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If you need more proof that climate change is destroying the world, consider your favorite foods and beverages. Changing temperatures, unpredictable rainfall, and record droughts are affecting production of honey, coffee, chocolate, and bourbon—just to name a few. Do you want to live in a world with no coffee, no chocolate, and no bourbon? Didn't think so.
During the last 18 months, bread shortages have become a frightening reality. Since last year, grain prices worldwide have nearly doubled as a result of heat, drought, and wildfires in Russia, as well as floods in Australia. Damaged wheat crops this past year played a factor in the Arab Spring uprisings, as bread has long been the levy against starvation. And this year's climate assault on the world's wheat crops is only the beginning, experts say. Over the next 20 years, expect bread prices to rise 90 percent. In response to a wheat shortage, companies like Glencore and Cargill have moved to monopolize the market, setting themselves up for extreme profit if the world's wheat continues to decrease.
Climate change isn’t only melting icebergs, it’s also softening the beloved chocolate bar. A 3 degree temperature increase could dramatically reduce cacao crops in Ghana and the Cote d’Ivoire. This would have a drastic effect on the regions in Africa that depend on the cacao trees for cash. Demand for cacao is so high that pickers can simply pluck cacao pods off the trees and turn them around immediately for quick cash. Thankfully, while chocolate supplies are decreasing, they aren't disappearing.Growing regions may shift from their current locations to more suitable, cooler climates about 200 miles inland in both Ghana and the Cote d’Ivoire, keeping the revenue in those countries. And a decrease in cacao crops could have a positive effect on the overall quality of the chocolate market.
Already a delicate crop, coffee is taking another hit from climate change. Affecting nearly every region that grows coffee—Brazil, Vietnam, Africa—climate change is pushing altitudes for coffee higher and higher up mountains and changing rain cycles. We’re already seeing dwindling coffee supplies jack up the price of a cup of joe—between 2010 and 2011, companies the U.S. like Maxwell House and Folgers increased their prices by 25 percent. This has prompted the revitalization of the boutique coffee trend. Specialty roasters and high-end shops are selling coffee at a higher price, but they are also offering higher-quality beans.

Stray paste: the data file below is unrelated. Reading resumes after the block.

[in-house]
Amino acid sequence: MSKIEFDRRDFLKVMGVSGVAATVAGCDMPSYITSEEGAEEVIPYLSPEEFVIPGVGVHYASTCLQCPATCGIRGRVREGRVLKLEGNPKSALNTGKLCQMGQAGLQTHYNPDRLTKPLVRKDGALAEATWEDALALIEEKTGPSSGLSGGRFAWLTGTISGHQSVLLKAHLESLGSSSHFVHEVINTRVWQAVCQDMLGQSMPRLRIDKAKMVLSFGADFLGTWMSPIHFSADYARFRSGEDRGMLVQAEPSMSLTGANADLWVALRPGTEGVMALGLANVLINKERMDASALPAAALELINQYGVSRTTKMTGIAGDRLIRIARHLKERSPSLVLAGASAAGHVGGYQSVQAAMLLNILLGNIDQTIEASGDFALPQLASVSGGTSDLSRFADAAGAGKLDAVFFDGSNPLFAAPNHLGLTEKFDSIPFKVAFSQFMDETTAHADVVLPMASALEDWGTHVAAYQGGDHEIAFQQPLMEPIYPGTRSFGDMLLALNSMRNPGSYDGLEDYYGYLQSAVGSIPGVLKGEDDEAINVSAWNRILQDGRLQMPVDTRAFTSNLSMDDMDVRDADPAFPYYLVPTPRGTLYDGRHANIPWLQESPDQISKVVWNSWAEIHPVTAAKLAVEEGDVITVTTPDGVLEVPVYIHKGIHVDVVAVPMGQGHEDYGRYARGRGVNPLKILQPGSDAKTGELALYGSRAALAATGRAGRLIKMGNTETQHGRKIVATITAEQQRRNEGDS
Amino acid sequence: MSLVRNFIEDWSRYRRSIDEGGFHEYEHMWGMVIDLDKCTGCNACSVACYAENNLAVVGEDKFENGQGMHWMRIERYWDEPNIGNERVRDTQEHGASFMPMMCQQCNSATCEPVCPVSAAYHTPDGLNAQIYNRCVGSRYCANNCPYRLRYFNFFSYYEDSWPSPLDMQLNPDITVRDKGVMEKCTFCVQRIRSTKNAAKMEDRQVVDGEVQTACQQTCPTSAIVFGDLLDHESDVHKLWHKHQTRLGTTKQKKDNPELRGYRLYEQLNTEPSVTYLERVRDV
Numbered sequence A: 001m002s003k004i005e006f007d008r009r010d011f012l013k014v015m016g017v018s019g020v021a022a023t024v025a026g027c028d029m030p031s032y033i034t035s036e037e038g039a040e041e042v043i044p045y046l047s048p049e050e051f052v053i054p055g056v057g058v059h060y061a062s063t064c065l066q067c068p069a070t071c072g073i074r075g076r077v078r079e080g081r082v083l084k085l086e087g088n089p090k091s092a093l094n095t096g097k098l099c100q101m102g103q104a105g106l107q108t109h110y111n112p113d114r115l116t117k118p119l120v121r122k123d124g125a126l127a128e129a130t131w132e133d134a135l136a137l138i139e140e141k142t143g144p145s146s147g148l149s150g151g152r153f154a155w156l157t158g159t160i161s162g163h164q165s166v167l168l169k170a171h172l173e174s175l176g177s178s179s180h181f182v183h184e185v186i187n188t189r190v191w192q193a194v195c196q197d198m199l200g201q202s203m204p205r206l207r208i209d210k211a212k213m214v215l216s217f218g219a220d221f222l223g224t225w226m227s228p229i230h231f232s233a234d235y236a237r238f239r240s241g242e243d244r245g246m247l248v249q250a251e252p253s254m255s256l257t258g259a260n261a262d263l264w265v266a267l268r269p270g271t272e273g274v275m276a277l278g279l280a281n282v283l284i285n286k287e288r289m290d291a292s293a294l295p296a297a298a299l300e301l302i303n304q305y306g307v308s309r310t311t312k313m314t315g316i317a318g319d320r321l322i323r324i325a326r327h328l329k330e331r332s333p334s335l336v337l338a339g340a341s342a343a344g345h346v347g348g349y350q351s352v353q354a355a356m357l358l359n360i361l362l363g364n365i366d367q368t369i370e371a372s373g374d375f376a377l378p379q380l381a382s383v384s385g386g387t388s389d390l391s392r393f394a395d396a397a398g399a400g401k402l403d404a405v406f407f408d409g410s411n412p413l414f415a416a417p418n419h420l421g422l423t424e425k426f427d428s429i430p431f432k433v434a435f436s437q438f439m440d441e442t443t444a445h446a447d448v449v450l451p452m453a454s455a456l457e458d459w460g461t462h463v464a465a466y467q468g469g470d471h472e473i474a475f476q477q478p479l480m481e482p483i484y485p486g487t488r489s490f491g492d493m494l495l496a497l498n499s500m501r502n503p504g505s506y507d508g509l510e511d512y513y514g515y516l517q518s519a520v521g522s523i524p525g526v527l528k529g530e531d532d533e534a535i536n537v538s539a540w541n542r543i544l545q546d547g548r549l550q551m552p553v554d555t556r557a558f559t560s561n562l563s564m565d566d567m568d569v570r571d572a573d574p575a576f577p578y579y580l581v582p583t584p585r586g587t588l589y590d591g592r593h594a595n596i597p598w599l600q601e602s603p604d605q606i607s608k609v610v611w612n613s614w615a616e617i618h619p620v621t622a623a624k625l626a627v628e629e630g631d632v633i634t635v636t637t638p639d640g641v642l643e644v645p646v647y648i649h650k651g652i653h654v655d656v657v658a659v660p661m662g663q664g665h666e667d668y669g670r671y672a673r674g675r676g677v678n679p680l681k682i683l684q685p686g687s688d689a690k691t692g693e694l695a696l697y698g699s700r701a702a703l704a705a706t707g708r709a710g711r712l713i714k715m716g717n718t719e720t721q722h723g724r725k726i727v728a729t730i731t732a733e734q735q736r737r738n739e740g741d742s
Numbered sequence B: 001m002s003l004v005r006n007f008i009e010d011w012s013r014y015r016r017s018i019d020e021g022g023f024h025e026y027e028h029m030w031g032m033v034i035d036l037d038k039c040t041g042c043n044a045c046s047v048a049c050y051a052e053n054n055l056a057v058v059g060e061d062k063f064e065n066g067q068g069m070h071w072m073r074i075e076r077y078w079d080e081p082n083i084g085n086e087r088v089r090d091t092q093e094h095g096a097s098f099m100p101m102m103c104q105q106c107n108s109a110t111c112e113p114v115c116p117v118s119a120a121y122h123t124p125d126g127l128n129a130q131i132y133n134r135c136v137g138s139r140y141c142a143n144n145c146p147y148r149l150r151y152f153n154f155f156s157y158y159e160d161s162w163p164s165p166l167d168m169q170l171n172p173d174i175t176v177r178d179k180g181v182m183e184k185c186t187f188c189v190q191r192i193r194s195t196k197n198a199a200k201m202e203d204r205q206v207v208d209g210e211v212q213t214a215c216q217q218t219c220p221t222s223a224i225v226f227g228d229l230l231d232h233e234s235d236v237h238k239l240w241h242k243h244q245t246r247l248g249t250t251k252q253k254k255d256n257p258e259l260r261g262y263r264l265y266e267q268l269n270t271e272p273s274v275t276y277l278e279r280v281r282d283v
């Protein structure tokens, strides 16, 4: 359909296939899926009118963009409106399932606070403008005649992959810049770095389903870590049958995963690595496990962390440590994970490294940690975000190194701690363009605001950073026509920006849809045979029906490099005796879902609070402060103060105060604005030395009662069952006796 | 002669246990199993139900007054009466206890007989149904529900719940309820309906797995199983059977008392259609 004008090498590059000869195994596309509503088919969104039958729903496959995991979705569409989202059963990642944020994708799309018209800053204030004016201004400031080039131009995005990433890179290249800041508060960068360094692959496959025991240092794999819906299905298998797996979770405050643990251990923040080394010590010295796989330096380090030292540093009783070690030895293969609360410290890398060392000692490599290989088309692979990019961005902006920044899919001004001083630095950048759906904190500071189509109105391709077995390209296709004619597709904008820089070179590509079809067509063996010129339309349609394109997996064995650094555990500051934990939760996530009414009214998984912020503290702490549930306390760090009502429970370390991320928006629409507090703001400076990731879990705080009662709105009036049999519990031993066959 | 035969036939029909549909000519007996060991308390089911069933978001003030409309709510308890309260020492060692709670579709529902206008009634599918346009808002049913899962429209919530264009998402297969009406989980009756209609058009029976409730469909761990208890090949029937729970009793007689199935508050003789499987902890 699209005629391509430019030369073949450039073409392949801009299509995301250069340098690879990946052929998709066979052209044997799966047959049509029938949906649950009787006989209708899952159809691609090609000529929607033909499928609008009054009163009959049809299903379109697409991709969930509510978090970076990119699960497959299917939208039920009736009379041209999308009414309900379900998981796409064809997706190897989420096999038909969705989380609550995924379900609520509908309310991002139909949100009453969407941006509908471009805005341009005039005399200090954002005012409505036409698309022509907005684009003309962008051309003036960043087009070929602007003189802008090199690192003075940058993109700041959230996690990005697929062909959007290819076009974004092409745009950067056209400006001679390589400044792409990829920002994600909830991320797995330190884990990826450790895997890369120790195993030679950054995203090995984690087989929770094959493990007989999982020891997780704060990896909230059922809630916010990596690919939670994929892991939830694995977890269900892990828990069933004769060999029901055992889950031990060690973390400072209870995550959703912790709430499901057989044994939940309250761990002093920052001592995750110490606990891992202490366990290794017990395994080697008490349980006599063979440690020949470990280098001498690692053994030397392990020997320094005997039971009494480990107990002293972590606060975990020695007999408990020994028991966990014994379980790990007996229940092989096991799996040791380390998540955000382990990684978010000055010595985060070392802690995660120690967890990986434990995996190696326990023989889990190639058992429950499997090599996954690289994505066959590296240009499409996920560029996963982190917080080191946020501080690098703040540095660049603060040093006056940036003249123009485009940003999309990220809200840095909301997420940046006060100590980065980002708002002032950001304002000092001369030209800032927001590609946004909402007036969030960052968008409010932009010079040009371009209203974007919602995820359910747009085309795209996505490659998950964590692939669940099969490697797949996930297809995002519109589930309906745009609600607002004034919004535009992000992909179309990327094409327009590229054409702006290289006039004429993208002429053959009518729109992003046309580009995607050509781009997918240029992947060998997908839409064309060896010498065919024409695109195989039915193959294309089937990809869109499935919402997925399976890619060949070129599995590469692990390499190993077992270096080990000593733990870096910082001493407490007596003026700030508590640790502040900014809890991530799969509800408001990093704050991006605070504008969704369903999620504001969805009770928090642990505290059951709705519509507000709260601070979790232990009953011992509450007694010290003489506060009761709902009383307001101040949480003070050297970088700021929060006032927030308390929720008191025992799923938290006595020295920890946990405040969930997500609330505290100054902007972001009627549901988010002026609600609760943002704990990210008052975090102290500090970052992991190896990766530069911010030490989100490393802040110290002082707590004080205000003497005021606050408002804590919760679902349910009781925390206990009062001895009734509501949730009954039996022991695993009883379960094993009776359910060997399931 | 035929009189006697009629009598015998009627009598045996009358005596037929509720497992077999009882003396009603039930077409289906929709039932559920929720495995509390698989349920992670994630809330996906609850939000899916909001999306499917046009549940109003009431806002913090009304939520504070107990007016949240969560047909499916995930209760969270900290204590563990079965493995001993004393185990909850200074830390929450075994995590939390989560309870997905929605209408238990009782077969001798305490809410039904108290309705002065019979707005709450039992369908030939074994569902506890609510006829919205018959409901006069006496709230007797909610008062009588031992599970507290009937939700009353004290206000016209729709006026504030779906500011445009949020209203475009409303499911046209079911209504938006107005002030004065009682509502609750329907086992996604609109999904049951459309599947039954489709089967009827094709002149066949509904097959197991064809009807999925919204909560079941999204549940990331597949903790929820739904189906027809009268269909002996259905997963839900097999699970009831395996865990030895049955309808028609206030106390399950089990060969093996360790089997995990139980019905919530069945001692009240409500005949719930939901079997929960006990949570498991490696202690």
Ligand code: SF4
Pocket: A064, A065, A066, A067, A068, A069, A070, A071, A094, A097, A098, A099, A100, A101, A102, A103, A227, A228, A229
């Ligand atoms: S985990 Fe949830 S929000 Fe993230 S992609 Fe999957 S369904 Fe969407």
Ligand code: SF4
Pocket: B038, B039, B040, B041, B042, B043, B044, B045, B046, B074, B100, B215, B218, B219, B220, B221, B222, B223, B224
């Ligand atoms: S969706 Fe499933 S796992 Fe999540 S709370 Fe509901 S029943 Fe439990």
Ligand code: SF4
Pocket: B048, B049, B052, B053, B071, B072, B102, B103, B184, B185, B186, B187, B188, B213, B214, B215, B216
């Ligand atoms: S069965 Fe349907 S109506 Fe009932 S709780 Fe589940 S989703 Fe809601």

The production of Kentucky bourbon is predicated on reliable changes in temperature due to seasonal weather patterns. By meddling with weather patterns, climate change threatens to throw off the temperature changes that give bourbon its oak flavor and amber color. If bourbon isn’t aged in Kentucky for at least a year, it can’t be called Kentucky bourbon. And with a predicted 3-degree rise in temperatures across the state over the next 100 years, it’s possible that bourbon will never be aged in the same way in Kentucky again. That could lead to bourbon and whiskey produced in the rest of the continental U.S., but purists would likely object.
One of the early indicators of climate change’s larger effects on the world has been the mass number of bee deaths. And with the decrease in bees come a decrease in something only bees can produce: honey. That sticky-sweet alternative to sugar isn't totally lost, though. Honey bees have been known to adapt to diseases, so they might cope with fluctuating temperatures, too.
For a while, it appeared that peanut production would benefit from climate change—peanuts were responding positively to rising levels of carbon dioxide—but a hot, dry summer in the peanut producing-South has left America with a shortage of its ballpark favorite. A lack of peanuts doesn’t just mean less shells on the ground at a baseball game, it also means less peanut butter: Peanut butter prices have already begun to rise. But because peanuts do respond well to high levels of carbon dioxide, it's conceivable that peanut production will bounce back next year.
Agave crops in Mexico could be an indirect victim of climate change. Droughts in northern Mexico may destroy all agricultural production, which leaves farmers and governments susceptible to pressure from the United States and Europe to grow corn crops for ethanol-based products. Farmers may ditch lower payouts from agave for profitable corn crops, which would mean less tequila and more ethanol. But since agave is not a direct casualty of climate change, chances are that boutique tequilas will remain, in the vein of specialty coffee and chocolate.
Warming in California’s wine country could cause a 50 percent drop in the amount of wine grapes produced by 2040. But other parts of the country are experiencing a rise in temperatures too, which means wine production could migrate instead of dying out. Warmer temperatures in regions like the Finger Lakes in upstate New York and the Puget Sound in Washington State could create new growing areas for wine grapes. Say hello to the new Napa Valley.